Unlike most public art, there is no intended meaning to his big walking stick. Is it poking fun at or supporting the elderly and frail? The different names for the sculpture suggest that the no-one, not even Schipperheyn, is sure. And it is this ambiguity that has saved the work.

In 1997 there was restoration work done on the sculpture by the artist and a new pole was donated by Citipower. Currently, the big walkings stick is a bit overgrown and some unsympathetic planted trees need to be pruned.


Once there were poets

Once there were poets, not there aren’t poets now, but now it hardly matters. The decline of poetry is remarkable, in the ancient past, everything was written in verse from religious teachings to philosophical tracts. Zurich Dada was one of the points in history when you can see the shift from poetry to music and art. Another place where you can see this shift is in China; Ai Wei Wei’s father was a poet whereas his son is an artist.

Once there were great poets whose poems changed the world. The last poets who made poetry that changed the world were The Last Poets. That was back in the early 1970s – The Last Poets were the progenitors of hip-hop. Where would Leonard Cohen be today if he had remained a poet rather than a songwriter?

This is not about what is hot and what is not, nor about the qualities of poetry compared to visual arts but rather the way that a society makes a particular art form powerful. Changes in culture are not random; new cultural forms emerge as others will wither due to a multitude of influences from the technology used to the psychosocial environment. For a poetry renaissance to occur, there would have to be profound changes in the social structures.

Some people want a revival of poetry, a return to Homeric epic poetry that could be recited by heart by every educated person. Some people want a resurrection of the circus, and sure, every now and then something comes along with something that looks like it might be the next wave in poetry or circuses. However these dreams are futile optimism because of the social structures, the forces of human social dynamics (economics, transportation, architecture, communication recording technology, etc.) that gave them power are no longer in place.

The desire to preserve art forms creates anachronisms. History re-enactors are not confined to those people who dress up in Civil War or Napoleonic uniforms. Whole sections of the arts are basically re-enactors with varying degrees of authenticity. Consider the repertoire of many orchestras, ballet and opera companies. Re-enactors desperate to detach from the contemporary to devoting their time to a period of the past. In Australia, massive state subsidies preserve opera, ballet and classical music at the cost of funding to other arts.

Old cultural forms decline because they no longer fit the world. Young women today would not tolerate the cloistered conditions that the corp de ballet in the Ballet Russe or the prostitution that came before it.

New cultural forms survive because they are better adapted to the social conditions. Even under stress, like slander or censorship, some newly evolved cultural forms still manages to thrive and out-compete an older, established rival because they are a better fit for the environment.

Rather than living in denial about the passing of art forms, or providing them with artificial life support with history re-enactors. I am advocating that it would be better to examine why there are declines and revivals of art forms. There is too much faith that the art forms are eternal and too little examination of the social forces that give them power.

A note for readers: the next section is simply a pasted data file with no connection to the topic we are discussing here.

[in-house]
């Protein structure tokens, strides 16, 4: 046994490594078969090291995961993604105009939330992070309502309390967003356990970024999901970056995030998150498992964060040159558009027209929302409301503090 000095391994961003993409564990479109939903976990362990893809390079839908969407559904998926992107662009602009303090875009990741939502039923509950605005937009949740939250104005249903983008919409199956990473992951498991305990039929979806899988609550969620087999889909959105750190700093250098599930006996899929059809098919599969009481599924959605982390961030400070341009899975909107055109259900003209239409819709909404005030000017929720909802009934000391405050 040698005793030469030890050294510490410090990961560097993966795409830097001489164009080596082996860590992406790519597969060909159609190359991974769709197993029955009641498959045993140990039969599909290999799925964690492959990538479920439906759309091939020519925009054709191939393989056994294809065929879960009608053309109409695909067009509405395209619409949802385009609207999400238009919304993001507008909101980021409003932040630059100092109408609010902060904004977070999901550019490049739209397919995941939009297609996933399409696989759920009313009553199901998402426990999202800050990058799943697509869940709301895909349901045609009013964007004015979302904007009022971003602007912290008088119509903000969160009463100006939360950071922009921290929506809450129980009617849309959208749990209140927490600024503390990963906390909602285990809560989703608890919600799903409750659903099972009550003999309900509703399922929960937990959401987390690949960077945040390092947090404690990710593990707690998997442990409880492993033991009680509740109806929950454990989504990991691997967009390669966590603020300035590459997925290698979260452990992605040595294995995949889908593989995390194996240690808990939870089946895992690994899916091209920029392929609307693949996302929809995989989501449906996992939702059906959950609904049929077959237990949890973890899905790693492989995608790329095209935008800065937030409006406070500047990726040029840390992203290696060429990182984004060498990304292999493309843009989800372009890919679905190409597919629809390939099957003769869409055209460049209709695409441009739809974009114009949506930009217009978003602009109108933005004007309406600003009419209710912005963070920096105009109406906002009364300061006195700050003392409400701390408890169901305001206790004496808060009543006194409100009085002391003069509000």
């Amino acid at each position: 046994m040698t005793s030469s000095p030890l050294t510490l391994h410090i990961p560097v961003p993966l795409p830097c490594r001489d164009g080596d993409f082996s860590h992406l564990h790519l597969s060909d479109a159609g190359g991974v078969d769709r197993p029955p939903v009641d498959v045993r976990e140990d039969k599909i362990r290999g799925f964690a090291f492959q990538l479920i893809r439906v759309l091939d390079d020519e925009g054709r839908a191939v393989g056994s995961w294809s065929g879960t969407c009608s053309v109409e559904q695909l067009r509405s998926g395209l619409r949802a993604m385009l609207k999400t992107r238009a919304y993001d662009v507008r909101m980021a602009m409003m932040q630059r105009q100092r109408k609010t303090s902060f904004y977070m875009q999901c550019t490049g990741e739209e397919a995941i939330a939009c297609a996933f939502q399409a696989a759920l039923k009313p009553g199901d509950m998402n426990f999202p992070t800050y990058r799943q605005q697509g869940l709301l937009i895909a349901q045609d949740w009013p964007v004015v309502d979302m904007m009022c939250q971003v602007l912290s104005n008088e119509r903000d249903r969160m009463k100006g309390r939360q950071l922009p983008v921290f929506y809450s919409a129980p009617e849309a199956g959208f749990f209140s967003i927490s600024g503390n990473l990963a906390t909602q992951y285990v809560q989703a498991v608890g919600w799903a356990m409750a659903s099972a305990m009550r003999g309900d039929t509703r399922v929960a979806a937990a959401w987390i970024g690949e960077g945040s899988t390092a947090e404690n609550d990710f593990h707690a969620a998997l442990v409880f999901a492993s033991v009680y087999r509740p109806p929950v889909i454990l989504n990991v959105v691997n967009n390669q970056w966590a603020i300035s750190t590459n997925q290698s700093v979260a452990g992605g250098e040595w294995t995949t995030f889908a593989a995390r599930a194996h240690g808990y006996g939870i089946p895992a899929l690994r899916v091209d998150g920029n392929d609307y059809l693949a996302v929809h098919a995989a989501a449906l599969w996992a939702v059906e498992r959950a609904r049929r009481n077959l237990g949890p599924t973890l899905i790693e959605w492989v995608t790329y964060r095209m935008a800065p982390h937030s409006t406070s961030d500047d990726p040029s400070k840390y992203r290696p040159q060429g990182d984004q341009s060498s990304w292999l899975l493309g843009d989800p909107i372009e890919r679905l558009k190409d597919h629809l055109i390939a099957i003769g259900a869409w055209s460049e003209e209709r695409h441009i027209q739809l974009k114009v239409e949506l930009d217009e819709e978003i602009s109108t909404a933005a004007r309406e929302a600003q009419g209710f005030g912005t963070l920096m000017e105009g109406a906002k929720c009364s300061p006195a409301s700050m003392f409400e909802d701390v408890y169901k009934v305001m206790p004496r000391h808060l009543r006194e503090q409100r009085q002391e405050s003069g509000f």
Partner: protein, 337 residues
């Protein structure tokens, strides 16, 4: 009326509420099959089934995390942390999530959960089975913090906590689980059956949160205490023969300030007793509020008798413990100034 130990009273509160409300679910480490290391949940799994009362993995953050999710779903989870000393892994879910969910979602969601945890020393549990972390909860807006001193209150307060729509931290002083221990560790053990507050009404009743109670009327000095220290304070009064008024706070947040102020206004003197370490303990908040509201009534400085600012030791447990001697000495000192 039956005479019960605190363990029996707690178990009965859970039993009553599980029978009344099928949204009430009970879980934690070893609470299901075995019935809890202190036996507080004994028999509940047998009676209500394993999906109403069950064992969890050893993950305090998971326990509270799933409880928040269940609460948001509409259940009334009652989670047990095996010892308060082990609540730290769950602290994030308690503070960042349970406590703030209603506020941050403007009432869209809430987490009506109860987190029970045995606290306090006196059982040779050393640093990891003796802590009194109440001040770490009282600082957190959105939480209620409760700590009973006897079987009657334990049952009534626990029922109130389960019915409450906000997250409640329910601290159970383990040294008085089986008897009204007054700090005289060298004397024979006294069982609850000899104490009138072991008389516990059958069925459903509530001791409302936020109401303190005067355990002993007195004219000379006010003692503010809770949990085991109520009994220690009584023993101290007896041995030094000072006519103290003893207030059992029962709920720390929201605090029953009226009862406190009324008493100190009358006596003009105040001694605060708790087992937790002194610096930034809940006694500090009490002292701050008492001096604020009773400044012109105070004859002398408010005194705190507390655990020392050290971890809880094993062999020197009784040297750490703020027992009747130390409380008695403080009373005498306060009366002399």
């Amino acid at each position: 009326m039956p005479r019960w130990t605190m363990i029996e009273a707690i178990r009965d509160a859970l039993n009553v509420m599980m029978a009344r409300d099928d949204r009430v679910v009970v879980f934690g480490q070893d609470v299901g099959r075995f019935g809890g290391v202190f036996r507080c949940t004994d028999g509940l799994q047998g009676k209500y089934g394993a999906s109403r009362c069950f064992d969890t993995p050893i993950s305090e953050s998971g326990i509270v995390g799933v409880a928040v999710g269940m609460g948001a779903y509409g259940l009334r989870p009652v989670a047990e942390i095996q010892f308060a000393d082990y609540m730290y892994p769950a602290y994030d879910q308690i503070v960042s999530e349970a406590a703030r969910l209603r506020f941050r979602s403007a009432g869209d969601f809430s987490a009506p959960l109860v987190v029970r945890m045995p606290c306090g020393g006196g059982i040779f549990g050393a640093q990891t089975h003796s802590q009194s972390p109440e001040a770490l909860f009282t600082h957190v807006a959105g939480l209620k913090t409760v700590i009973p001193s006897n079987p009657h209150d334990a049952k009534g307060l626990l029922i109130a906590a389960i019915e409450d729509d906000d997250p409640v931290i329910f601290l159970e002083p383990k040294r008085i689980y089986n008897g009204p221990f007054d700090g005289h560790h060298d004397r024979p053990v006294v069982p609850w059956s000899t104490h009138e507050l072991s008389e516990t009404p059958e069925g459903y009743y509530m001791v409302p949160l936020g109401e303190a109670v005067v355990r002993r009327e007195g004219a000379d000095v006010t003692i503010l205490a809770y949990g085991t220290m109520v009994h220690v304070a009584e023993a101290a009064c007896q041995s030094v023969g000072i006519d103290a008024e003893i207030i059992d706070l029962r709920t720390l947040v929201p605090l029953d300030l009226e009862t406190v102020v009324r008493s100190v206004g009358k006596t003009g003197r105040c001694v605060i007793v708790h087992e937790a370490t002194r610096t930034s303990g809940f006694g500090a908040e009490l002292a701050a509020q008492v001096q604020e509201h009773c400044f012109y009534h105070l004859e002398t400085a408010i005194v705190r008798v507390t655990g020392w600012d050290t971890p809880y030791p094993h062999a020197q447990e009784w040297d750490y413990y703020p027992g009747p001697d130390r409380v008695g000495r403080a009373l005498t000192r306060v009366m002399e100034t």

Once there were rock musicians; it was all over in the 1990s with the rise of the DJ and cover bands. Once there were art critics… so many of these art forms have very long tails, and there are still plenty of woodcarvers.


Monument to Now: MoreArt 2020

Monument to Now: MoreArt 2020 is Moreland City Council’s eleventh annual exhibition of public art. This year it had several flaws, chiefly that it is not an exhibition of public art but an exhibition of contemporary art in public space. For public art should be for all the public, not only a contemporary art audience with time, mobile phones, headphones and a tertiary education.

detail from Patrick Pound’s The following

Contemporary art appropriates and colonises sites taking them over and exploit them for art. “Monument to Now” suggests a contemporary version of a triumphal arch celebrating this artistic colonisation.

Every year the curator and the participating artists in MoreArt put on a set of blinkers so that they seldom see the street art, graffiti and guerrilla gardens that are going on along the bike path. And there is great, long guerrilla garden along the bike path featuring seating areas, free libraries, children’s play area and lots of junk used for pot plants. Coburg Urban Forest is very active in this area.

Officially MoreArt 2020 goes along the Upfield Bike Path from Coburg Station to Gowrie Station but actually only from O’Hea Street to Forest Road. This northern location is not one of the problems with the exhibition. It is a good ride through some interesting areas with plenty to see including an old mortuary train carriage in the Fawkner Cemetery, yellow ribbons dedicated to free Julian Assange and pieces by Discarded.

This is in contrast to MoreArt 2020, where there was often nothing to see. The title of Liquid Architecture’s work Songs you can’t hear summed up much of the exhibition. Invisible public art doesn’t work like invisible art in an art gallery. To expect that the audience is going to have brought headphones and be willing to spend over an hour walking and listening is a bit much. I came on my bicycle, and the dark clouds threatened rain. So no to the work of Catherine Clover’s Lament, Sarah Walker’s Legs Like Pistons, or Emma Gibson’s A walk from station to station.

I simply couldn’t find Adam John Cullen or Mira Oosterweghel’s work and consequently I only saw two of the works in MoreArts. Patrick Pound’s The following, a series of posters stuck to the bike path; found photographs of women seen from behind and almost predictably, there was a woman with her shopping walking up the hill ahead of me. And, Michael Prior’s trio of simple kinetic sculpture Flos Movens enhancing the space next to the Renown Street Community Orchard. They were engaging even though only one was working fully due to limitations of the photovoltaic cells and the gunmetal grey sky.

Michael Prior Flos Movens

MoreArt 2020 was a contactless, COVID-safe way to see an exhibition just not an exhibition that I would recommend to many people.